Balrog? Quenya? The puzzle pieces slid then quickly into place as memories were dredged to the surface out of my younger years, spent reading before the flickering flames of a campfire at my father's side. Uriel, you son of a bitch. Don't you dare tell me this is Middle-earth, and if it is...

My thoughts flickered off as another realization hit me - and it truly sucker-punched me, to be honest, as the meaning behind his words came together. Gandalf's dead and I'm his replacement, I thought. He had fallen in the fight. There would be no Gandalf-the-White to step in and guide the hobbits now that I had arrived, to marshal the forests of Fangorn to Helm's Deep, to advise Aragorn in Gondor and lure the Eye of Sauron away from two lonely, exhausted little folk in the heart of the badlands.

Which meant that what I was looking at, and would in turn soon be looking upon me, were genuine, honest-to-Eru Orcs.

Of Mordor.

Oh, stars and stones.

I leaned over and pressed a hand to my forehead as the other rested across one upraised knee, feeling a sudden flood of emotion that could, at best, be referred to as free-spirited delight.

I was brought out of my mile-a-minute thoughts as one of the Orcs swore and drew his sword with a hiss, staring with beady yellowed eyes at my form, and having rather rapidly refreshed my memories of the stories, of the events within the books, I actually smiled back.

It was said, after all, that the Istari had veiled themselves in forms akin to the Atani, of men, and even old Sauron himself as a Maia proper when he set foot beyond Valinor had not forsaken such an option even if he chose to appear young and full of powerful life rather than aged and wiser, as the rest of those who followed after him did.

I knew it would be easier here to accomplish that act if I had the proper resources to utilize, and I had learned a remarkable degree about utilizing my resources and limited influence on the world about myself in the time since Jack Murphy had dropped me off at Mortimer's house those long days ago. I drew in my will and my breath, and all of the memories I possessed about the series, of this world I now dwelt within, and my intentions all the same, and as I rose to my feet, I exhaled the simple commandment.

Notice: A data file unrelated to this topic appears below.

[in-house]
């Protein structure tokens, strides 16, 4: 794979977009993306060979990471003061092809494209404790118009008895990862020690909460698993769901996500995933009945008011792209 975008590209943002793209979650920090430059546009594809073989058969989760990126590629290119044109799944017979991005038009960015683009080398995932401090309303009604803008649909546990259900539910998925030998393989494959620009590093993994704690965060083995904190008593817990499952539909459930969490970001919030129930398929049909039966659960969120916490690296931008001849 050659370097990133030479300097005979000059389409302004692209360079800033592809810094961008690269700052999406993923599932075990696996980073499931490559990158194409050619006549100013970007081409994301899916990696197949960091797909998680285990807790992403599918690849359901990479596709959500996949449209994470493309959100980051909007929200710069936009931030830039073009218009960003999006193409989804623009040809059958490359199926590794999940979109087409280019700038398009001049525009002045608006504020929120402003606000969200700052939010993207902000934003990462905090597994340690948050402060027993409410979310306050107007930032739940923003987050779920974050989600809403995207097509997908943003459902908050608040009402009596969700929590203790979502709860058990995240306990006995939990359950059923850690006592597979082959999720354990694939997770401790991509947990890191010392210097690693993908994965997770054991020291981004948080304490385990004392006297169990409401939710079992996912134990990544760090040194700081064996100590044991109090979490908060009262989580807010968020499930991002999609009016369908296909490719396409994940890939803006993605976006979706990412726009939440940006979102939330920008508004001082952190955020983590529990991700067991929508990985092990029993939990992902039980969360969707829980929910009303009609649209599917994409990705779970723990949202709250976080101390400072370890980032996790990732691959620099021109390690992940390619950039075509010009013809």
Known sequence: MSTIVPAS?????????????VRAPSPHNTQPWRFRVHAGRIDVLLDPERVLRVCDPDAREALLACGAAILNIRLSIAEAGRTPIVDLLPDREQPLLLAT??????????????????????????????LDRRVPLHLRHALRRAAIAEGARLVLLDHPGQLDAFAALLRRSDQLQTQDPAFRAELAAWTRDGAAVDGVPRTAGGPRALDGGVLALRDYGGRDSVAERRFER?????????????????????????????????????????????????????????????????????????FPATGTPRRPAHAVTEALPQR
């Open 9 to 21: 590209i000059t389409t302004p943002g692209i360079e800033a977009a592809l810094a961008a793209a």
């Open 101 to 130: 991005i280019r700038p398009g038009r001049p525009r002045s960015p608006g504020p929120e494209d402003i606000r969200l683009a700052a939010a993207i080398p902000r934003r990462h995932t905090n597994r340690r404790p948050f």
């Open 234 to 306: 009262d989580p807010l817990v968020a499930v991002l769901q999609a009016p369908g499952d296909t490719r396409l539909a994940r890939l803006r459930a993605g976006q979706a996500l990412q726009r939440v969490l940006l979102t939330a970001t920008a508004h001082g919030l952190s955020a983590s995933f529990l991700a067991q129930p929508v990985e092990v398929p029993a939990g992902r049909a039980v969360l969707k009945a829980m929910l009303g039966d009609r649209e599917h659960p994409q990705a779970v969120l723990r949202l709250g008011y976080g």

"Be," I uttered.

Power thrummed from beneath my semi-corporal skin and spread out to encompass my soul whole, like sheets of liquid flame, so that a weight akin to being caught in a warm current pressed in upon my consciousness and mind and every nerve I was suddenly, and blissfully, aware of once again. My will gathered and settled into place across my flesh in the usual choice of raiment and cloth, if accurate to the period and setting, so that I was clad in black from brow to boot. In my main hand my old, worn staff formed once more, and dangling from its neck lay my mother's silver pentacle pendant and the ruby of Way-knowledge within. My first breath was a rush of sudden life, and I threw my head back and expelled it in a shout of exuberance, in a roaring-laugh of near-delirious joy and echoing challenge all the same.

Uriel was right; I would enjoy this, and dearly so.

The Orcs gnashed their teeth together at the sight of my newly gathered form, and without the Balrog at their side, they were reluctant indeed to stroll under the noon-sun and face me.

"Come on, then, your dirt-licking sons of the mud! Return to your cavernous cradling burrows, hollows and holes, or stand firm and fight me," and here I paused in the middle of my declaration, and considered what I would call myself hereafter, before the words spilled over my lips as if guided but no less true in their own way, "for I am Dresden the Black, and I reap fire from the heavens and the earth, and consume all that stand in opposition with might unseen since the age of Gothmog, high lord of the Balrogs!"

The creak of many an arrow being drawn back and the whistle as they were slung forth pierced the air in response and, almost without thought, a concentric silver oval-shield materialized before my body and caught them, cast them aside to my left and right.

Fear appeared in their eyes, then.

They had faced down one Wizard this morn, and lost their greatest ally for it, and now anew came a second that could dismiss their weaponry so easily. Moria had lessened their resolve to face such a foe, and I knew that had they been the Uruk-hai of Isengard, the challenge would have carried further, but these weak-spined wretches turned tail and fled rather than risk proving my words any truer. To be sure I thrust my staff forward and crowed victoriously, "Fuego!" and sent a low surge of flame scorching up and into the hole in the rock face they had emerged from, so that the squeals and groans of pain reflected back along the way toward me.

It felt glorious to be alive and able to distribute my spells wholly once again, and I couldn't help but relish the moment as my thoughts turned toward the Fellowship, and Saruman, and all of the events that lay ahead.

"Looks like I had better get a move on before they finish trekking down to Parth Galen and splinter apart," I said to the air, and turned from the mountain to stride across the path.

End of Chapter One.